Information security exists on several levels and requires a nuanced, multifaceted approach to remain effective, with a primary purpose of ensuring data will remain accessible to authorized users only.
What are the 3 principles of information security?
The three pillars of information security are people, process, and data and information.
In order to ensure a company’s data remains secure and non-compromised over time, it is crucial to ensure that cybersecurity measures are taken in each of the three information security pillars: at the people level, at the process level, and at the data and information level. Training, support and procedures instituted at each of these three levels ensure there will be a level of protection in the face of a threat.
At the people pillar, training and awareness around how cybercriminals can target staff information to gain entry to systems is important for organizational defense. In addition, it is important to provide staff with the right levels of authorization, hire experienced cybersecurity professionals, and have some level of physical security to protect data. At the process pillar, management systems and governance measures should be initiated so data can be stored and accessed in an organized, secure manner. Additionally, instituting policies for data use and incident response and proper management of third parties is necessary. Finally, the data and information pillar contains all IT, OT, personal data and operational data measures used to keep information secure, including keeping critical data in more highly secured locations and treating all accessible data with confidentiality and integrity to ensure stability and availability.
What are the five goals of information security?
NIST has listed the five goals of information security as confidentiality, availability, integrity, accountability and assurance.
The National Institute of Standards and Technology (NIST) has listed the five goals of information security as confidentiality, availability, integrity, accountability and assurance. These five goals have been instituted to allow all organizations to meet mission objectives by acknowledging IT-related risks to the organization, its partners and the customers.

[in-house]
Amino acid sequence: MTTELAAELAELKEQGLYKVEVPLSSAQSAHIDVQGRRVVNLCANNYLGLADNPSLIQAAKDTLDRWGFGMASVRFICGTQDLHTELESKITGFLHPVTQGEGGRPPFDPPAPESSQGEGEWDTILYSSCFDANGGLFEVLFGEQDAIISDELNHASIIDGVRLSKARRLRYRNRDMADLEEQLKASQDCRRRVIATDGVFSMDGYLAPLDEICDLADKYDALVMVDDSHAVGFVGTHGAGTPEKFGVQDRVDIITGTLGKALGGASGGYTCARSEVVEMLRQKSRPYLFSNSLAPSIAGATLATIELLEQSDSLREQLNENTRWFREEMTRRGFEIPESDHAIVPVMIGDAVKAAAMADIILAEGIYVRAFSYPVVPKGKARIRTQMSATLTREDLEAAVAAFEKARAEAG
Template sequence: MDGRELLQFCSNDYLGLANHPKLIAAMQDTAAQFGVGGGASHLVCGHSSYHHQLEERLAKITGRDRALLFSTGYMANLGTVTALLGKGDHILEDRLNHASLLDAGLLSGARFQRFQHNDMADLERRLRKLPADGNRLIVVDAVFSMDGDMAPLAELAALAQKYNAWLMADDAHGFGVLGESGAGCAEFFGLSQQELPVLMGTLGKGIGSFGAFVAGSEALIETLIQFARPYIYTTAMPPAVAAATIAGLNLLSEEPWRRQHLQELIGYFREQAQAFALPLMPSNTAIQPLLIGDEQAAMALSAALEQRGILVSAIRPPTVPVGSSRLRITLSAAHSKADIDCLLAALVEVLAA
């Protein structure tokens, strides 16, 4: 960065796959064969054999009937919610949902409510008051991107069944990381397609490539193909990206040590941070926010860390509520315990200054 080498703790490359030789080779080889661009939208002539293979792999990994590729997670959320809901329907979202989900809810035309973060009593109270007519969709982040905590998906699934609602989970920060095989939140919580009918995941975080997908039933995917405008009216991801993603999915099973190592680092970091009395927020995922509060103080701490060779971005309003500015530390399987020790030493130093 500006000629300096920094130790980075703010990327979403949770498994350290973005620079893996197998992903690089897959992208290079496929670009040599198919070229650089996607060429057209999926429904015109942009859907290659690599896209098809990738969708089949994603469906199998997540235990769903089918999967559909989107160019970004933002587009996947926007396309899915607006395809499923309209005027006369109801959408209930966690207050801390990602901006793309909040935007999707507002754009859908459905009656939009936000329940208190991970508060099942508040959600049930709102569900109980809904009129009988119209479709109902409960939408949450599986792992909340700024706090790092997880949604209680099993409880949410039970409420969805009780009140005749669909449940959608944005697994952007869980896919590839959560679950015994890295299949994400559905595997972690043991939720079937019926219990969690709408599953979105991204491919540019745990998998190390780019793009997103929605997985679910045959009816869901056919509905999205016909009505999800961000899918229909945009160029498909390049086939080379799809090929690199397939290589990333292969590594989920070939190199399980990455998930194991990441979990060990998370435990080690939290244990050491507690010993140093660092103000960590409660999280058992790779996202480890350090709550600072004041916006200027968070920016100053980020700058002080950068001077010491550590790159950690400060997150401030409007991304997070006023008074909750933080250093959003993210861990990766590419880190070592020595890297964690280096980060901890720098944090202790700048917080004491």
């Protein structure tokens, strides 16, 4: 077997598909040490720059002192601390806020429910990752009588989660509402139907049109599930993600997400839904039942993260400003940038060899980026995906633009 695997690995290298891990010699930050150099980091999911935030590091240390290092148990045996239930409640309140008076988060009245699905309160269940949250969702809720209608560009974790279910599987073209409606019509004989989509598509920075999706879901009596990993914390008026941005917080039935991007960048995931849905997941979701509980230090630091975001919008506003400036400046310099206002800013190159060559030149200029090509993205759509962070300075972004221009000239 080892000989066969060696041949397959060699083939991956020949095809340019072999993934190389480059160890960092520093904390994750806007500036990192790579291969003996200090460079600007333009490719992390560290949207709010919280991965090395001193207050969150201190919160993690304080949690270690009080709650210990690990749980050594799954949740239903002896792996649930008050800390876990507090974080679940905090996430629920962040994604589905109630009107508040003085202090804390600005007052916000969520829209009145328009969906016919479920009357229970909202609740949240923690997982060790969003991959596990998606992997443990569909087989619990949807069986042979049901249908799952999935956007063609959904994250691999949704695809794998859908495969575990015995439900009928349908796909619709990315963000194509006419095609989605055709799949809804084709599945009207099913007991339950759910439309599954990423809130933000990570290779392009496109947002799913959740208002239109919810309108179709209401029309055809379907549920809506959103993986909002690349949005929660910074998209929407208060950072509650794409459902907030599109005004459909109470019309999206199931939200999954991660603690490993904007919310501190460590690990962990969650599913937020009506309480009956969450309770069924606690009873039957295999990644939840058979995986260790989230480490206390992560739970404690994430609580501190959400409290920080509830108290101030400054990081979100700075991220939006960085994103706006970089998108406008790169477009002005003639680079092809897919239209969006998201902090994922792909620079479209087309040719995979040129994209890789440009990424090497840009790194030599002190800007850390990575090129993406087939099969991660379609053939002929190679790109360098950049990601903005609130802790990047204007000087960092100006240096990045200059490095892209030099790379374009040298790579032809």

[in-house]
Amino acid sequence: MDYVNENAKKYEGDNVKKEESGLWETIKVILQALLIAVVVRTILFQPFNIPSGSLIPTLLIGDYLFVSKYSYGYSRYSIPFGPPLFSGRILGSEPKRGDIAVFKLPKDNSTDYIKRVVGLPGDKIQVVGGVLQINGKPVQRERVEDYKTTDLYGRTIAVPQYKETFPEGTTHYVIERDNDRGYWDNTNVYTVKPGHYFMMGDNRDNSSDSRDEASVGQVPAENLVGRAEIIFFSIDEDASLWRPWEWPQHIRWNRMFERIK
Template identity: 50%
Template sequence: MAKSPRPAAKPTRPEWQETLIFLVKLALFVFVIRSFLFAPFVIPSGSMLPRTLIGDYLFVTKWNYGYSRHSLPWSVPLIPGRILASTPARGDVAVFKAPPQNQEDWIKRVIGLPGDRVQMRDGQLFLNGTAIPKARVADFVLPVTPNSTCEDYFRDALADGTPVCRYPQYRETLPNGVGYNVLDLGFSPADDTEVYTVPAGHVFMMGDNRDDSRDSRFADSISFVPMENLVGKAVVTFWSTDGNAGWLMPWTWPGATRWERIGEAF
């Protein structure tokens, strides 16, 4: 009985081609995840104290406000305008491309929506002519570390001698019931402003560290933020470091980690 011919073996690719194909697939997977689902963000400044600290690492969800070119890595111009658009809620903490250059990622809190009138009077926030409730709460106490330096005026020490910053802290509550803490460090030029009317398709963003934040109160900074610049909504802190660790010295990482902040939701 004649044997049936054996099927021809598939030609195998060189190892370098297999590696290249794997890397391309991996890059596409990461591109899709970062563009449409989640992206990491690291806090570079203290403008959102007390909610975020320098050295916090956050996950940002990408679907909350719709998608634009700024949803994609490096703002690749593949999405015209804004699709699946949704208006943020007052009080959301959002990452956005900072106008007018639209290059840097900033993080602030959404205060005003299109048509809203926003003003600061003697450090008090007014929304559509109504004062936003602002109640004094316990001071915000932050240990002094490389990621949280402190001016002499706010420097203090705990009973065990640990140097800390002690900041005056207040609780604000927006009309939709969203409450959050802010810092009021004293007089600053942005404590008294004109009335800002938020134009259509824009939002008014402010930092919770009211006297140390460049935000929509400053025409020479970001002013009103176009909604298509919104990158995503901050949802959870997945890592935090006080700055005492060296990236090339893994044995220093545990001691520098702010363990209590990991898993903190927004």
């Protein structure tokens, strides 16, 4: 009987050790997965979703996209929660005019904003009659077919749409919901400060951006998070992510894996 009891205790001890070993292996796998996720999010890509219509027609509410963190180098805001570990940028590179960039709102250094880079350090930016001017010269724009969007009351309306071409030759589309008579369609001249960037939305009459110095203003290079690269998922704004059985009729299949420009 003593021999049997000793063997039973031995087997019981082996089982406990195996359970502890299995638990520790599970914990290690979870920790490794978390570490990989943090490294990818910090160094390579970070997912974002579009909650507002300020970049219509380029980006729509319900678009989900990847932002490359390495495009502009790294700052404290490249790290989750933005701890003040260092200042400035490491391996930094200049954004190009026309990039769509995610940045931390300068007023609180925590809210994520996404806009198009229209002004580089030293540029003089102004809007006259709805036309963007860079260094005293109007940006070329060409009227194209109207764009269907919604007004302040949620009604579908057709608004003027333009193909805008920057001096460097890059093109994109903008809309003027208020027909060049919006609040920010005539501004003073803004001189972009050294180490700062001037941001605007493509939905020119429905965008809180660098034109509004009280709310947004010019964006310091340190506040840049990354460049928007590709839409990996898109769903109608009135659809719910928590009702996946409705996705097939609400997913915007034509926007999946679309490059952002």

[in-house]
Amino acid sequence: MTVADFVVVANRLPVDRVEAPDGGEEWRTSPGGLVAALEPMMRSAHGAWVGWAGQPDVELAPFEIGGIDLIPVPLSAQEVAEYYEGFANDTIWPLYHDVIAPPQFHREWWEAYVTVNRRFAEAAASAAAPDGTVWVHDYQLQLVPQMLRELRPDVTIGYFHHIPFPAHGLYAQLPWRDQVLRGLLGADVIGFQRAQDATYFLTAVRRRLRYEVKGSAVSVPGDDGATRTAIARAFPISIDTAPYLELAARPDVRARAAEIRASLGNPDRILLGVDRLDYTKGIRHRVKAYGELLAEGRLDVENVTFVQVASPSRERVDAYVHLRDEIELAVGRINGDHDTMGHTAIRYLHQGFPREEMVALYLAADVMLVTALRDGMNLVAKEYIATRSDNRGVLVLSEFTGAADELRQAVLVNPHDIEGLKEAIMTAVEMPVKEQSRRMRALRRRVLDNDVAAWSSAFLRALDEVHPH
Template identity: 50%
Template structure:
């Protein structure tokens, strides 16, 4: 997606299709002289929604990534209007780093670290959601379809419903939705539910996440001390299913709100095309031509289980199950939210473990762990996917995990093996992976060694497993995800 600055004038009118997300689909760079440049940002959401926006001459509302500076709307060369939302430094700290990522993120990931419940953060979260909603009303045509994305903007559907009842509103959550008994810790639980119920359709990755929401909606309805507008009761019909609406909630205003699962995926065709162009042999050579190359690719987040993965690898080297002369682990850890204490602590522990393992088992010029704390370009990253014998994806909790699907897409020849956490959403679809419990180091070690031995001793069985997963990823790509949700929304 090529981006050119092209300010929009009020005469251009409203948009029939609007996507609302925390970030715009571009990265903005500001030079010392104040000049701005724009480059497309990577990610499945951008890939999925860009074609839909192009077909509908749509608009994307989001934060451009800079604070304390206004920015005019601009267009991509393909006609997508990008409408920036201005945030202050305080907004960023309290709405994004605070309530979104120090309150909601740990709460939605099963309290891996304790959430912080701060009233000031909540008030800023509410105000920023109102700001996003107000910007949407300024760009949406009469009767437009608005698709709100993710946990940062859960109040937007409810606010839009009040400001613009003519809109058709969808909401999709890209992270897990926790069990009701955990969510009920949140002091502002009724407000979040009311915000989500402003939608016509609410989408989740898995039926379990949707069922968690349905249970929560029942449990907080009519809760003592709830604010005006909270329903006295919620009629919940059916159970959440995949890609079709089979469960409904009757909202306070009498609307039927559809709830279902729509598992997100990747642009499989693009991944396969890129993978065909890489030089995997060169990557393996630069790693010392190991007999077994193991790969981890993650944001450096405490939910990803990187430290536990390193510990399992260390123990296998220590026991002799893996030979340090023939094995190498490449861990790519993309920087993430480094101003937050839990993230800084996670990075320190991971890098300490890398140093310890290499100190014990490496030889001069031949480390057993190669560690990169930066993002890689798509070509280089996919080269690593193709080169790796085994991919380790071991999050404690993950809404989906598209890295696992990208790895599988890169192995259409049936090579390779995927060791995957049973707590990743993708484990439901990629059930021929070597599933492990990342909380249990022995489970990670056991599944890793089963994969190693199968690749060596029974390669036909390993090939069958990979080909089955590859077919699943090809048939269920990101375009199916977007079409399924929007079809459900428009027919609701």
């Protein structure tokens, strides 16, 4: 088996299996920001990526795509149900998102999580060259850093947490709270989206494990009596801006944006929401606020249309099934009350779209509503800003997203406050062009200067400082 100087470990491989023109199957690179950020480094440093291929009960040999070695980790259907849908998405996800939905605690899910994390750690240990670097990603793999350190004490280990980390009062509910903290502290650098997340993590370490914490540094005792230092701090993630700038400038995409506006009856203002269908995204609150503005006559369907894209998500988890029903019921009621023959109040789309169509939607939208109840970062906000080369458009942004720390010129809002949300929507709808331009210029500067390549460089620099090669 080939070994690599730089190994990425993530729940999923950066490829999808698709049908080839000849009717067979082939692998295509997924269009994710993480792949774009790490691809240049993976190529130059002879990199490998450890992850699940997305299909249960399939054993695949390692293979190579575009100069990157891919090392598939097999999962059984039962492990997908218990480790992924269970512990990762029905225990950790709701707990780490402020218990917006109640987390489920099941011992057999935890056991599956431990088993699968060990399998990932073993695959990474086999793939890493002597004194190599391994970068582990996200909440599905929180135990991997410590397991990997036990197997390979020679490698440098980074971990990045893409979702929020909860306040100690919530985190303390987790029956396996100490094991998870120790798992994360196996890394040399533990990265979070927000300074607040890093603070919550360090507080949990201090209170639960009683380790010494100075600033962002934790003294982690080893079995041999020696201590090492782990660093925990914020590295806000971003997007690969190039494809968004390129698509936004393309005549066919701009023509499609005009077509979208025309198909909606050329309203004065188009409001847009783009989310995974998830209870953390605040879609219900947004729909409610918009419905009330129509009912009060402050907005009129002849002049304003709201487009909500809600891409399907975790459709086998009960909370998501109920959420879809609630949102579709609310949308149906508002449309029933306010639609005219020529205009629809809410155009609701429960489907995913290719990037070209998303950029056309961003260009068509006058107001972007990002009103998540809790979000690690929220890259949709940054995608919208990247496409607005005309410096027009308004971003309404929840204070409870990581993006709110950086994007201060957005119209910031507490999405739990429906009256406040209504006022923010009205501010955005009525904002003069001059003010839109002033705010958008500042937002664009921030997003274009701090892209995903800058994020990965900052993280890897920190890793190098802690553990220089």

Confidentiality is the assurance that information in a company’s possession will not be disclosed to unauthorized individuals, processes or devices. Integrity ensures that vital information will remain safe and will not be altered or destroyed during access and storage. Availability ensures that users will be able to access information in a timely and easily accessible manner. Additionally, it ensures infrastructure will remain fully functional even when facing adverse conditions. The accountability and assurance goals essentially ensure that organizations take responsibility for the data they possess and will initiate response measures in the event of an incident. These have occasionally been swapped for other goals such as authenticity and non-repudiation as the technological and information security landscapes evolve over time. NIST is the best source for the most up-to-date information security goals across industries, however, organizational objectives and risk profiles will shape specific information security goals at the company level.
How can one protect information security?
Information can remain secure through the organized use of data back-ups, secure passwords, anti-malware measures and more.
Information security begins at an organizational level and carries through to the individual level, relying on all parties across the enterprise to ensure complete security within IT environments. At the organizational level, data backups, antivirus and malware protection software, monitoring and alerting tools, encryption, and robust storage and infrastructure should be utilized for a thorough approach to data sharing and accessibility.
Individual responsibilities in information security include using strong passwords, creating additional backups of personally accessible data, utilizing secure devices and networks when working remotely, avoiding and deleting suspicious emails received, installing antivirus software and malware protection on personal devices, not leaving devices and documents unattended when in public, locking screens, securely disposing of old devices, removing data from devices when no longer in use, and knowing what parties have access to specific data.